It comes as no surprise that the Biden administration’s bipartisan infrastructure bill contains a multitude of rewards and perks for blue-state progressive programs. The bill, which has received the support of 18 Republicans in the Senate, is only a down payment on the second part of the Democratic “infrastructure” pork paradise, the $5 trillion or more reconciliation bill that is soon to come.
One of the things the public has learned about the bipartisan bill is that it favors blue states with taxpayer money for pushing immigration levels higher.
The bill contains the Digital Equity Act, which sounds like it would not involve immigration at all. That provision is presented as a measure to expand broadband availability to American communities without high-speed internet access.
A closer look reveals that the law will allocate federal money to states or regions based on the numbers of newly arrived immigrants reported. Blue states, which have larger reported immigrant populations, will reap the most incredible benefits from the plan.
The Department of Commerce will be directed to set up a grant program marked for broadband expansion. The grants are to be distributed according to a formula placing one-half of grant amount determination on relative total population, one-quarter on relative “covered” people, and one-quarter on the comparative lack of broadband availability.
“Covered” populations are defined as including newly arrived immigrants. English “learners” with low literacy are included explicitly in the definition. Other groups considered “covered” are the disabled, nonwhite Americans, rural Americans, and the incarcerated.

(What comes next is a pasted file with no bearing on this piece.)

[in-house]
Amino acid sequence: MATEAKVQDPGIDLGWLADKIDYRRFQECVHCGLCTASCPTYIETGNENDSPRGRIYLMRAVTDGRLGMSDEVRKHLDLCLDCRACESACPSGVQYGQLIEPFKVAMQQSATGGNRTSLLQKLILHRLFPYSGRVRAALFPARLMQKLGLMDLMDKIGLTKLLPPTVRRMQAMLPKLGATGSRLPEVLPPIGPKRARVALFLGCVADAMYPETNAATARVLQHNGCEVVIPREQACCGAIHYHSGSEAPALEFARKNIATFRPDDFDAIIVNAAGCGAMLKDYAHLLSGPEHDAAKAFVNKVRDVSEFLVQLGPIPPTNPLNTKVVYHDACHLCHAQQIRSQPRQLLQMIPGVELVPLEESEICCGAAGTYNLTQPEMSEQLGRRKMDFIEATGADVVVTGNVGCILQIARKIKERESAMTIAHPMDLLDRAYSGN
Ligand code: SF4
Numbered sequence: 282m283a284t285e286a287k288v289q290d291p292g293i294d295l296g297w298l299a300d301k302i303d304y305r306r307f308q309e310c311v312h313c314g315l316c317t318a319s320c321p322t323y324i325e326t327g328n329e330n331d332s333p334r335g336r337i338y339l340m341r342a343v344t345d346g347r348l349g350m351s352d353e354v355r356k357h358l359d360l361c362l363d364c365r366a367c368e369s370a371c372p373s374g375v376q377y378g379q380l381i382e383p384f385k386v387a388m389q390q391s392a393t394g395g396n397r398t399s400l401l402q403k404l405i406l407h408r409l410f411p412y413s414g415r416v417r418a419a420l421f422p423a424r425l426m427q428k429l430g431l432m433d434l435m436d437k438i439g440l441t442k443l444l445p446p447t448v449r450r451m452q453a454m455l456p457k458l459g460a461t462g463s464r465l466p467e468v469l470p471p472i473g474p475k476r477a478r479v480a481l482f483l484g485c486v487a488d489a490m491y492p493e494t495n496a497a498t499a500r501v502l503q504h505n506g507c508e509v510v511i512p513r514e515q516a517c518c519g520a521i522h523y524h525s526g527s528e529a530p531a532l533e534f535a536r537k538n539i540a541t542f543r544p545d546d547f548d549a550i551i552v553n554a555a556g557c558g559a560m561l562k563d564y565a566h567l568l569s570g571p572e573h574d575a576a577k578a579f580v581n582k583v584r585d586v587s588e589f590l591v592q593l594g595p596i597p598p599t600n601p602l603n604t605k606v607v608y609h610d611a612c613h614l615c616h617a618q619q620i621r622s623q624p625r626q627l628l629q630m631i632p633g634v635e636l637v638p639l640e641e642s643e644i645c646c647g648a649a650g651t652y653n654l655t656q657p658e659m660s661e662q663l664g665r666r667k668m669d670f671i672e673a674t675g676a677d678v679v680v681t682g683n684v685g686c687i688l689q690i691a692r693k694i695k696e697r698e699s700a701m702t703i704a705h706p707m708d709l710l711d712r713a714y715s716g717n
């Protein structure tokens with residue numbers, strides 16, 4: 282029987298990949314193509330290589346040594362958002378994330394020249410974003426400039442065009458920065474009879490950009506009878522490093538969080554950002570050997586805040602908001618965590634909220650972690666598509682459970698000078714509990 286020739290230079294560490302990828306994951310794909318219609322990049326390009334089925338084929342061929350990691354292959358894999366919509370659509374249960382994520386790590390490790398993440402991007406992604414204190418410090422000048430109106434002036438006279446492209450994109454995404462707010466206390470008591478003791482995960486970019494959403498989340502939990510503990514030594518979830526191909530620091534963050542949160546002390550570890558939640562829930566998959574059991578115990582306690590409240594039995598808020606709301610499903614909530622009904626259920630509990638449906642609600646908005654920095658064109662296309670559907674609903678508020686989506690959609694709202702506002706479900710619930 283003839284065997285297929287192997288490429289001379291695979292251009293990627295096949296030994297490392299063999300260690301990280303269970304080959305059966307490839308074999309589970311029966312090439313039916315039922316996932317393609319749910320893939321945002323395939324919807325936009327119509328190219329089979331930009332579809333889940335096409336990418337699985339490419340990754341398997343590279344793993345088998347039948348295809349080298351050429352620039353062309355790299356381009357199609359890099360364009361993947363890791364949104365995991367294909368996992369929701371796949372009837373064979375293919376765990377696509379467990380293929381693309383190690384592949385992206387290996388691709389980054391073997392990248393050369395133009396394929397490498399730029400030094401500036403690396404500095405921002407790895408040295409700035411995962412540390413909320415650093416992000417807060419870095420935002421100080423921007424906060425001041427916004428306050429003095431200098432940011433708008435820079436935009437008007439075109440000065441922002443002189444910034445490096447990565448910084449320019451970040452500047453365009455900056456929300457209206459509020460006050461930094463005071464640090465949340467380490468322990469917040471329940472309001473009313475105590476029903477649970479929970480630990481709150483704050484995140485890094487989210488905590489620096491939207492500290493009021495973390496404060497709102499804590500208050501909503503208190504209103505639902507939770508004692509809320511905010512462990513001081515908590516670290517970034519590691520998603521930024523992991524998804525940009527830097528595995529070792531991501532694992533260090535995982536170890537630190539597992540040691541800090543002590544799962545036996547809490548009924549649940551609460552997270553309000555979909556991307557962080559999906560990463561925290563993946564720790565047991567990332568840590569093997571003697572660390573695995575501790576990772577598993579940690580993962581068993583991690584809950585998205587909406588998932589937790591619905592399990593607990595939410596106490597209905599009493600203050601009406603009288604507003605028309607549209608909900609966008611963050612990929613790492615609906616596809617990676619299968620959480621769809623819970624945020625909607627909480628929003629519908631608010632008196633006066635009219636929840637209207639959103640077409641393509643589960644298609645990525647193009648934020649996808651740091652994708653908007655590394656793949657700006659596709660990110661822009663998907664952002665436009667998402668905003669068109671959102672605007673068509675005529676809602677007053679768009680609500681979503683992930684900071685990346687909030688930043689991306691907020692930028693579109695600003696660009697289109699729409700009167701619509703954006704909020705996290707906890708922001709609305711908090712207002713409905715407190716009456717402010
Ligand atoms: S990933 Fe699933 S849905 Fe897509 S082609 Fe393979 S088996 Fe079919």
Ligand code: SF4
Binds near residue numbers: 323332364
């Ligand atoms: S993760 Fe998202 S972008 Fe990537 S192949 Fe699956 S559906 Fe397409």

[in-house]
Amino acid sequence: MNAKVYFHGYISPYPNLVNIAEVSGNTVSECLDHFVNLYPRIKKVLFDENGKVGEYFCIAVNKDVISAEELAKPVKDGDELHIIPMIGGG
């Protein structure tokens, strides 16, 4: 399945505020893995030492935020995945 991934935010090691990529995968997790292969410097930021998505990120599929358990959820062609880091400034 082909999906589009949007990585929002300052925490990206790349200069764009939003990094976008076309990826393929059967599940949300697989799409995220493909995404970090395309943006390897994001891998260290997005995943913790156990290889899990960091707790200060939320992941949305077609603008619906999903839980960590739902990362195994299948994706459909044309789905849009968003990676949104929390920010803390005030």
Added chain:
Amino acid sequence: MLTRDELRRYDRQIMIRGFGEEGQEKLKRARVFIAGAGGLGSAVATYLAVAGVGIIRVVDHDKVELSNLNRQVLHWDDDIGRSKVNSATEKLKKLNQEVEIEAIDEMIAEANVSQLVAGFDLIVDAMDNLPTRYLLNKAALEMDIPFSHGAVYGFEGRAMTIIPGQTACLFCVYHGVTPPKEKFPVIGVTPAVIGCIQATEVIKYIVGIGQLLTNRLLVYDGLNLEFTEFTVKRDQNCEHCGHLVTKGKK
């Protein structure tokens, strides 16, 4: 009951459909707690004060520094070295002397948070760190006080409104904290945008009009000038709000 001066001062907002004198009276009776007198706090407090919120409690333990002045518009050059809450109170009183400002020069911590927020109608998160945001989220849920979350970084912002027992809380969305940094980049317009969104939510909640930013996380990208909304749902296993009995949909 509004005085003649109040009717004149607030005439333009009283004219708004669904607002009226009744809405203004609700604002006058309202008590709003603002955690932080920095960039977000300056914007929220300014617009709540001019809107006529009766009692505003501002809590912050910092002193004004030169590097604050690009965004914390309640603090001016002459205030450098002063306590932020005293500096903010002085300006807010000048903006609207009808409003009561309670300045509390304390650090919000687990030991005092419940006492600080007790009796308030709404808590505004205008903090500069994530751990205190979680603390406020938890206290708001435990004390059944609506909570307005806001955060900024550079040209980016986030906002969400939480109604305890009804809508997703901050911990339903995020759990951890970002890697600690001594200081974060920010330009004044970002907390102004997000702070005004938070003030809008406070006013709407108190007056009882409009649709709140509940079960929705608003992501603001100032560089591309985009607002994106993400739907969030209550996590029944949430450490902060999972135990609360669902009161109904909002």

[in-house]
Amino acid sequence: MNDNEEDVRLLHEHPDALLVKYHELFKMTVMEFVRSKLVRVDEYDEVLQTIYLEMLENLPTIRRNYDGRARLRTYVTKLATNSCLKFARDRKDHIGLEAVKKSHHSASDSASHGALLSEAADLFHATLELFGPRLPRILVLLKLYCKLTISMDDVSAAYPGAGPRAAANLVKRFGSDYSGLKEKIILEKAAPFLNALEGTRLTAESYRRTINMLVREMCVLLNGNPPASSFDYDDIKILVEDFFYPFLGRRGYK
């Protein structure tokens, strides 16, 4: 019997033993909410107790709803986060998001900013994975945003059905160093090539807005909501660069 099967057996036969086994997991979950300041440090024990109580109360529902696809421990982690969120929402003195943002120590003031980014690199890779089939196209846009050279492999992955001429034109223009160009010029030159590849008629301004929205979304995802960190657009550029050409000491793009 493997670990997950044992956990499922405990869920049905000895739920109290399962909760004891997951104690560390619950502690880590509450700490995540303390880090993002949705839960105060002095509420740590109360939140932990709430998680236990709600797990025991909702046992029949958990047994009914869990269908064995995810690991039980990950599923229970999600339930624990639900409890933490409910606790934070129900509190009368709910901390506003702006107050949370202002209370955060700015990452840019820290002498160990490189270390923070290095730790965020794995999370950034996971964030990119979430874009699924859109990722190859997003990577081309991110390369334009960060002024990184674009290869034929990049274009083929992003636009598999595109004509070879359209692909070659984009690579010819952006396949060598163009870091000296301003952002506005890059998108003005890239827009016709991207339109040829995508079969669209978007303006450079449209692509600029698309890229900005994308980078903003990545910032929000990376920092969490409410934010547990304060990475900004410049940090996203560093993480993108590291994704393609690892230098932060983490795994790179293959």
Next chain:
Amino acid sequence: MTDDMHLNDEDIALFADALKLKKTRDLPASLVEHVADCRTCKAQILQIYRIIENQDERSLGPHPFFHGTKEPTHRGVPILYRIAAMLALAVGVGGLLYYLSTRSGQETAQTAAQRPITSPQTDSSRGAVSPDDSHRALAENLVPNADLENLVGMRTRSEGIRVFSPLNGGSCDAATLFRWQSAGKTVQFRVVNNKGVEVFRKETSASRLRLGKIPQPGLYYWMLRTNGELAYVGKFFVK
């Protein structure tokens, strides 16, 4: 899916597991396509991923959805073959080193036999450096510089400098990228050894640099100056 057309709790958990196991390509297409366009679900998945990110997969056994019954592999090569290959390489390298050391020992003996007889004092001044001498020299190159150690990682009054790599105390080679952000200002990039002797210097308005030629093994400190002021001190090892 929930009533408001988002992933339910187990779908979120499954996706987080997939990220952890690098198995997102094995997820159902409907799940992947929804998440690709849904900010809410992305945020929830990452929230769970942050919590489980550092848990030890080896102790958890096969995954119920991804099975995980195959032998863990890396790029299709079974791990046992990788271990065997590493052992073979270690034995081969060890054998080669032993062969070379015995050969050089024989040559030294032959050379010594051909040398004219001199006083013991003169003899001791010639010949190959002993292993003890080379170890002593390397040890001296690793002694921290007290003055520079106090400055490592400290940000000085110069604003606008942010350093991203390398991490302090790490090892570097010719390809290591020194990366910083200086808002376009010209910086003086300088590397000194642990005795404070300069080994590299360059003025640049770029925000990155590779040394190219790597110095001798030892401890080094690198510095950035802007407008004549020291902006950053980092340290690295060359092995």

Blue states with pockets of high earners and sanctuary cities stand to receive the most significant share of the new benefits. California would be the greatest beneficiary of the act, with a foreign-born population measured at about 24 percent.
The top 10 U.S. counties with the highest percentages of foreign-born persons will be first in line under the program. Several blue state urban centers are on the list, including Los Angeles County, California; Cook County, Illinois; Queens County, New York; and Santa Clara County, California.
Many red states are also the lowest ranking in foreign-born populations and will lose out on broadband funds as a result.
The bipartisan infrastructure bill is expected to land on the House floor for debate and a vote next month following the Senate’s approval.